Home sweet home has become home smart home — a plugged-in space that is overflowing with technology and numerous electronic devices. It has become more efficient, productive and more secure than ever before.
But is it still home sweet home?
Yes, said Julie Smith Vincenti, owner of the trends forecasting firm Nine Muses Media and curator of First Look, an exclusive program held during Las Vegas Market, the biannual furniture, home decor and gift show that is now scheduled for April 11-15. She knows how to balance the home decor in spite of all the automation.
“Living in a high-tech digital place with extended power and electronics has driven consumers to put more of their discretionary dollar into their homes,” she said. “The home remains a sanctuary, a place of refuge. However, the smarter it is, the more we need to balance and refresh with soft textiles so that surfaces have a pleasant touch. All this serves as a counterbalance to the high-tech presence in the home.”
Since people are spending more time in their homes because of COVID-19, they need to be soothed. The coldness of a home can be removed by color and pattern. When painting walls, smooth surfaces pair well with vibrant pigments like red, orange and marine blue.
More detailed textures are best when used in combination with neutral hues such as cream, black or navy blue. It is important to balance color and texture in a way that isn’t overbearing, yet gives a cohesive look and feel to the room.
“Home furnishings with intriguing finishes, interesting textures and artful weaves are appealing to those who have been sheltering in their homes for close to a year now,” Smith Vincenti said. “These furnishings, called touch points, soothe consumers who seek comfort and calm because of new stressors that have been added over the past year.
“What’s more, these products are a welcome counterbalance to the high-tech and automated elements such as smart devices, appliances, gadgets and components that are increasingly popular in homes today. Many of the touch points leading this trend are made by hand, so they also lend a one-of-a-kind vibe to interiors.”
In describing touch points, Smith Vincenti explained how uncertainty creates a longing for familiarity, exploration, momentum and progress.
“Tactility satisfies the senses, evokes positive memories and awakens imagination,” she said. “Personal expression can come in earthy and savory hues such as stone, clay and sand. There are also lush landscapes, patterned tiles, cherished artifacts and unique accents. These elements come together to define touch points where experience and nostalgia are shaping the next chapter in personal expression. And that personal expression can be applied to the home.”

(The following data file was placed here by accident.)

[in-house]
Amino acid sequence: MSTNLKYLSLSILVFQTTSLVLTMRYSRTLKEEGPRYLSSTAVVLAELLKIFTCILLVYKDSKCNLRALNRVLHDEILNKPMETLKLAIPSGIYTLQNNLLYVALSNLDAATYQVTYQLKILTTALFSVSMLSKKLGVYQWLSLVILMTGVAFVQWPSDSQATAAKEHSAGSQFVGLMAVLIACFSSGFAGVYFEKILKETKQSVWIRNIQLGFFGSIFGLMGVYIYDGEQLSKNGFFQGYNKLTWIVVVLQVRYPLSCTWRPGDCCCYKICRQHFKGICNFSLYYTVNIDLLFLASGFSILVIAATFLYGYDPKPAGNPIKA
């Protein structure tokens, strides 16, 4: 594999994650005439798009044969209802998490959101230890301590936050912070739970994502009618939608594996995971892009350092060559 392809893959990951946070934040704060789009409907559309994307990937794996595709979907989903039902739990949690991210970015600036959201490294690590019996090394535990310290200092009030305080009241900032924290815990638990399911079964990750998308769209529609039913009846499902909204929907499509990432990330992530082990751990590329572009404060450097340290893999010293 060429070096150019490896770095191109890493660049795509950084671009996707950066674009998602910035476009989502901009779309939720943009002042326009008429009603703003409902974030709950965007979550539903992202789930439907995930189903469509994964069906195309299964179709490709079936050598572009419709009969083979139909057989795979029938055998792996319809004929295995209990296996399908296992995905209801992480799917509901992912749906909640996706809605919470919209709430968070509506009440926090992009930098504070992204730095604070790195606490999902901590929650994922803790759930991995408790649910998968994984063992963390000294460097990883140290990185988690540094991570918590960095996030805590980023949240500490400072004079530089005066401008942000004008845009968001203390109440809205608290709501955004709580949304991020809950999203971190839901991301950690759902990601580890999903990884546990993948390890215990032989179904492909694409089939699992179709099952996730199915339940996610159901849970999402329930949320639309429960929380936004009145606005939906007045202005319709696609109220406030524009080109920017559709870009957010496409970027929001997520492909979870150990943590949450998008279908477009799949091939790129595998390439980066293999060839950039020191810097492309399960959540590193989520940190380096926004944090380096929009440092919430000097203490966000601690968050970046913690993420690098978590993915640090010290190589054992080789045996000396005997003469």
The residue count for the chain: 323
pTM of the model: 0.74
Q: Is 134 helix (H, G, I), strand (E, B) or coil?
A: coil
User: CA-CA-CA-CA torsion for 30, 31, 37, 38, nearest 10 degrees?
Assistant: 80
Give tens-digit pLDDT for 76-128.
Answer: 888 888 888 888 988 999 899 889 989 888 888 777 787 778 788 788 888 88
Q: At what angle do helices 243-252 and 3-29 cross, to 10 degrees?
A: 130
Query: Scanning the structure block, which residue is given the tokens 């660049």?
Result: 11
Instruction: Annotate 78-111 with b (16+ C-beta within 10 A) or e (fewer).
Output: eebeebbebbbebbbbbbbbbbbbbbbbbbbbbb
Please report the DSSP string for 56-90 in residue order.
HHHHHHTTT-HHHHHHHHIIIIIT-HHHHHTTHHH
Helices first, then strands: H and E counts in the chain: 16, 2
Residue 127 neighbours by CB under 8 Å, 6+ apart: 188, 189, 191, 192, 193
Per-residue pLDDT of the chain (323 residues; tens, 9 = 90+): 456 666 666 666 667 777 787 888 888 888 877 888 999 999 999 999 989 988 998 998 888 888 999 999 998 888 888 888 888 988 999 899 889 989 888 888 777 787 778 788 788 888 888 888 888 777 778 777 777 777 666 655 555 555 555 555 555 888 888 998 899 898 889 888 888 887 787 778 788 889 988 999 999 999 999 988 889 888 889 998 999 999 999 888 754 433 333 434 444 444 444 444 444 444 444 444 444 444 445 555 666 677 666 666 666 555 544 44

There are many ways to use texture to make spaces inviting and unique. Choosing the right ones adds dimension to a room and provides a strong element of contrast that allows furniture to complement existing design elements.
“Glass ceramics, throws, pillows and even lighting become focus areas,” Smith Vincenti said. “Then there are area rugs, bedding, vases, mirrors and wall decor or something with fringe. All of these are touch points.
“Natural wood is calming and adds softness to the home. There is a growing interest in jute and other natural materials like rattan and other woven materials. Any product with a wood finish can be soothing.”
Smith Vincenti understands that not everyone can do a top to bottom redesign with advice from an interior designer. So it becomes an issue of layering.
“People live with certain home furnishings that they’ve had for years and that they love,” she said. “That’s good. It should stay that way. These items can be softened and refreshed by layering with a host of different designs. I’m thinking of a big throw with a dense pile in a neutral color. This would have a pleasing touch to the hand and to the eye.”
Textures are not limited to just fabric and can come in the form of paintings, embossed wallpaper and wall treatments. The surfaces of carved wooden chairs, cobblestone fireplaces and woven rugs add their unique stamp to the room’s decor.
Soft woods and fluffy fabrics instill a sense of comfort and hominess to their space, while clustering opposite materials in a close area can create interest and grab attention. For example, a shaggy rug under a sleek metal coffee table provides a balance between the two styles.
Also, fluffy trim on couch pillows combined with tufted sofa upholstery is inviting and presents a comfortable area to socialize. A dark leather couch next to a rich, wooden bookshelf combined with a deep maple desk and metallic lamps makes for an intimate study area.